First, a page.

Ay 20
Basic Astronomy and the Galaxy

(Fall Term 2015-2016)

Instructor: Professor Lynne Hillenbrand (218 Cahill, 395-6587, lah@astro )
Office Hours: by arrangement, or any time my office door is open

Class Time:

The class meets in 219 Cahill on M 9-10 am ; W 9-10 am; and F 2-3 pm

TA : graduate student Jacob Jencson (255 Cahill, jj@astro )
Office Hours: Monday 2-3pm likely in the 219 classroom (also by arrangement)

Textbook: An Introduction to Modern Astrophysics by Bradley W. Carroll and Dale A. Ostlie.

This is available on reserve in the library, but if you plan on taking other courses in astronomy at any time in the future, the text is a highly recommended purchase.

Other suitable books at our level are the following, if you would like supplemental reference material.
-- Fundamental Astronomy by H. Karttunen et al.
-- Astronomy: A Physical Perspective by M.L. Kutner
-- Astrophysics in a Nutshell by D. Maoz

The course syllabus


This is the sophomore level general introduction to astronomy and astrophysics at Caltech that is required for Ay majors, and serves as a pre-requisite course to our upper level Ay 101 and Ay 102 courses.

Ay20 (basic astronomy and the galaxy) is recommended before Ay21 (galaxies and cosmology), but this sequencing is not required.


Grading will be based on weekly homework sets, an oral midterm, and a written closed-book final exam.
On homeworks, you may discuss problems with your classmates since the point is for everyone to learn the material. However, the work you turn in must be your own, and you should be aware that final grades will have a component reflecting your performance relative to the class.

Announcements and Current Events

***This just in, relevant to week 9 material: Discovery of most distant object in the solar system

A research paper on formation of the solar system in a star cluster (look at sections 1 and 2 for an overview with some more details than I mentioned in class)

Hopefully you saw the 27 September total lunar eclipse visible from pasadena

Homework Assignments

Problem sets will be roughly weekly, and the class voted on Tuesday as the due day. The cutoff time for having your solutions in my mailbox (around the corner from the classroom, to the right) is 6pm.

PS 1 - due 6 October

PS 2 - due 13 October
NOTE: as discussed in class, problem 4a is extra credit, and probably should be completed last in the sequence rather than first!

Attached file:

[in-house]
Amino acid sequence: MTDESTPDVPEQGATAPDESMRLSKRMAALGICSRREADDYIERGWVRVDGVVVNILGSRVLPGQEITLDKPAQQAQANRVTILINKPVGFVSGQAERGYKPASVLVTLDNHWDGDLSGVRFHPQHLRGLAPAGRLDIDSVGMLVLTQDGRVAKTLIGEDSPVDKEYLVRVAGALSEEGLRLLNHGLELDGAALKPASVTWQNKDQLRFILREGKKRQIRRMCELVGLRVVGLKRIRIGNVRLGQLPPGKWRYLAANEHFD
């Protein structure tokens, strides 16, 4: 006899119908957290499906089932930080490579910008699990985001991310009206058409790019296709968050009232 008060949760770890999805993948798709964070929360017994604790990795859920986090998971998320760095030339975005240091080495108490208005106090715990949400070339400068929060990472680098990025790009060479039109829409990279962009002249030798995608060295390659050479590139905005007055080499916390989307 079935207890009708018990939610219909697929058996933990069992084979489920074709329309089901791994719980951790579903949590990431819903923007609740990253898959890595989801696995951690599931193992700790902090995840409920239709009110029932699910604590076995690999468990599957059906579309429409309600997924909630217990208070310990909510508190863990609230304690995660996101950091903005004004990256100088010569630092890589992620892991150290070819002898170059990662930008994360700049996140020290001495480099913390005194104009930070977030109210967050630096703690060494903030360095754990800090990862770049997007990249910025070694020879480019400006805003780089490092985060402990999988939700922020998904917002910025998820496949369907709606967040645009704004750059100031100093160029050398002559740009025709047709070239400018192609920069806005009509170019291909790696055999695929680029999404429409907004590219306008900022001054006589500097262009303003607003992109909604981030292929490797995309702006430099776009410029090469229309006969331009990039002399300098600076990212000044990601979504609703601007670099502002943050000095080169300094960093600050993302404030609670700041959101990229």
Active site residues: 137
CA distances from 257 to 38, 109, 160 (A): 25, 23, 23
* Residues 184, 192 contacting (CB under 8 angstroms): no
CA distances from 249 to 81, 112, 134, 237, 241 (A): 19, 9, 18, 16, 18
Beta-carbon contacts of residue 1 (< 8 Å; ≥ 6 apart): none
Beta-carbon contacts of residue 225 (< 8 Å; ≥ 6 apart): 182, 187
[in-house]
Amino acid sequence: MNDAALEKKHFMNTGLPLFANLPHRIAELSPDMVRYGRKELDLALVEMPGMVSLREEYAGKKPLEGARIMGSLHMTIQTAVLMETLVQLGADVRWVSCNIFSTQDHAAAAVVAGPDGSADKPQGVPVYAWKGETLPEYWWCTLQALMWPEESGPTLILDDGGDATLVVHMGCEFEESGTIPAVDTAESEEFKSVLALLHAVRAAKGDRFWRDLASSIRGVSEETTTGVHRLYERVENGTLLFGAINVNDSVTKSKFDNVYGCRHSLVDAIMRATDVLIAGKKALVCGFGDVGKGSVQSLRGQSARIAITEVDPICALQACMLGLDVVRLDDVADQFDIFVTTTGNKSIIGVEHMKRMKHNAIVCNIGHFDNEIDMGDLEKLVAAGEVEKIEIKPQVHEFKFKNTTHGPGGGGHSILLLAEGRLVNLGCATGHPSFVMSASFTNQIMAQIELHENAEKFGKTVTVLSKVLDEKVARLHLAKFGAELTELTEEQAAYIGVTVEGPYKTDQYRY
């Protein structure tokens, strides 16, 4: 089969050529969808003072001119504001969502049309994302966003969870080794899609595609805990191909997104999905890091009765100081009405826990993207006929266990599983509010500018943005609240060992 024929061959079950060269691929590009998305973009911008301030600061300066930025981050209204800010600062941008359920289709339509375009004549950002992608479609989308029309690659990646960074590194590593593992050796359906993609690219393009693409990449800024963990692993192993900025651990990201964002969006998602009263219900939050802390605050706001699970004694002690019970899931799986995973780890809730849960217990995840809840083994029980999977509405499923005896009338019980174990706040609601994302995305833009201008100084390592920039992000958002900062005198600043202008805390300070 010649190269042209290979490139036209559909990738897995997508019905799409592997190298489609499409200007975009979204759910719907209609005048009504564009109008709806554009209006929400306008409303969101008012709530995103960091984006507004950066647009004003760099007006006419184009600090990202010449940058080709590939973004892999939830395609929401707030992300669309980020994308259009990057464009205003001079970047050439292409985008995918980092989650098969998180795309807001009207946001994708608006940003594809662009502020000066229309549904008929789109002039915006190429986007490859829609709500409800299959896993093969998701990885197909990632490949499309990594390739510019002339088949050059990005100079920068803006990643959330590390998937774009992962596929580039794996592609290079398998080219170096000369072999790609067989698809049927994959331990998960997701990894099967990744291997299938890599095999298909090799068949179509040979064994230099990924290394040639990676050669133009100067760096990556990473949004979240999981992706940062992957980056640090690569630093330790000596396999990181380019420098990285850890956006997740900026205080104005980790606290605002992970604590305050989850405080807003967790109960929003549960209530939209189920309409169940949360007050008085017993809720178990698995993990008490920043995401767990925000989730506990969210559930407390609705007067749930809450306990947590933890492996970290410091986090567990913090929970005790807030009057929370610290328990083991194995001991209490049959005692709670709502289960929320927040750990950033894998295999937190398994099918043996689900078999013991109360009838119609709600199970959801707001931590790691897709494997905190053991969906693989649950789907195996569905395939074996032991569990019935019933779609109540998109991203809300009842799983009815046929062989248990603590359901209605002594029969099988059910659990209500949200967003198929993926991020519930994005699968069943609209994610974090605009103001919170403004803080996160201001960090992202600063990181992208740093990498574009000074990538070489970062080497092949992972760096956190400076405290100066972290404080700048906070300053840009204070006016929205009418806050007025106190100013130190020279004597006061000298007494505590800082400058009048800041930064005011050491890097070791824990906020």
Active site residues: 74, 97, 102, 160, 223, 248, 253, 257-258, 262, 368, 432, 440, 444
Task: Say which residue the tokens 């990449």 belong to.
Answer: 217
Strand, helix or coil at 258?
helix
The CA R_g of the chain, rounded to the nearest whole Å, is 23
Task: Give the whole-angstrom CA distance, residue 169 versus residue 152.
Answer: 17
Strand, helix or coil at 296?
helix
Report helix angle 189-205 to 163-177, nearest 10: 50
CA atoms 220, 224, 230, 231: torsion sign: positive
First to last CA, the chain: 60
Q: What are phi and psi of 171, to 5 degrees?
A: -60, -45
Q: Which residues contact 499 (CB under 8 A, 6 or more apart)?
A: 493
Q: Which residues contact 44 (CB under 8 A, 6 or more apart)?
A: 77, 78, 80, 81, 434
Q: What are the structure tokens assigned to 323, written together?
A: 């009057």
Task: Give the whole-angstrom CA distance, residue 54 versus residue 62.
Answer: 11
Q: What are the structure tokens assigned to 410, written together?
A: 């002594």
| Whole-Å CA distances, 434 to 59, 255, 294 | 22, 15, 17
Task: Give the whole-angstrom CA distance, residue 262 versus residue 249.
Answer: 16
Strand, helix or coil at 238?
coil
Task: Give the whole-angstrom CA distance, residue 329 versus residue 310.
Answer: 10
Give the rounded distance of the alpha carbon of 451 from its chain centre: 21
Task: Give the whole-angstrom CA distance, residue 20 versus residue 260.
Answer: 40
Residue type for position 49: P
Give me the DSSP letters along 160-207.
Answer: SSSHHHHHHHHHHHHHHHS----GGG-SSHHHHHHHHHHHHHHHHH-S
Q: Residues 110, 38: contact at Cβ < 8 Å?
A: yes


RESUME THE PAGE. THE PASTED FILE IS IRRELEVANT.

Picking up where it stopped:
PS 3 - due 20 October

PS 4 - due 27 October
NOTE: the last two problems require some calculation and then some plotting, so allow yourself sufficient time for the latter. and please try to use a real programming language / tool that makes decent plots (rather than e.g. ms/excel)

PS 5 - due 3 November

PS 6 - due 10 November

PS 7 - due 17 November

PS 8 - due 24 November

PS 9 - due 1 December
NOTE: there is a second page

Material from Class

Copies in .pdf of the material shown in class are below or can be sent by email upon request. These are provided for the benefit of Ay20 student education, and are not meant for general distribution since some of the figures and other info is gathered from original references that are not always attributed.

week 1 intro and classical astronomy (22 MB)

week 2 part 1 magnitudes, colors, spectral lines (6 MB)

week 2 part 2 telescopes and instruments (20 MB)

week 3 star basics (14 MB)

weeks 4 and 5 stellar physics (20 MB)

week 6 ism and star/planet formation (19 MB)

week 7 orbits and binaries (7 MB)

week 8 stellar evolution and remnants (19 MB)

week 9 solar system (15 MB)

week 10 galaxy (38 MB)

Supplemental Material

Broaden your horizons with the Astronomy Picture of the Day

Current images of the Sun

Refresher on basic geometric optics

Get to know Planck's Law

Applet for the Maxwell-Boltzmann distribution

Applets from Cornell on stellar parallax, binary stars, and stellar evolution

Model stellar atmospheres with GrayStar or older version.
(click "model" towards the bottom then change some of the parameters and see what happens)

An eclipsing binary simulator illustrating lightcurves and projected orbits for different binary configurations.

Another binary simulator illustrating radial velocity curves for the particular case of planets, i.e. large mass ratio binary systems.

Artist's rendition of the evolution of a close, and then interacting, binary system.

The crab pulsar movie.

Last updated October 4, 2015 by LAH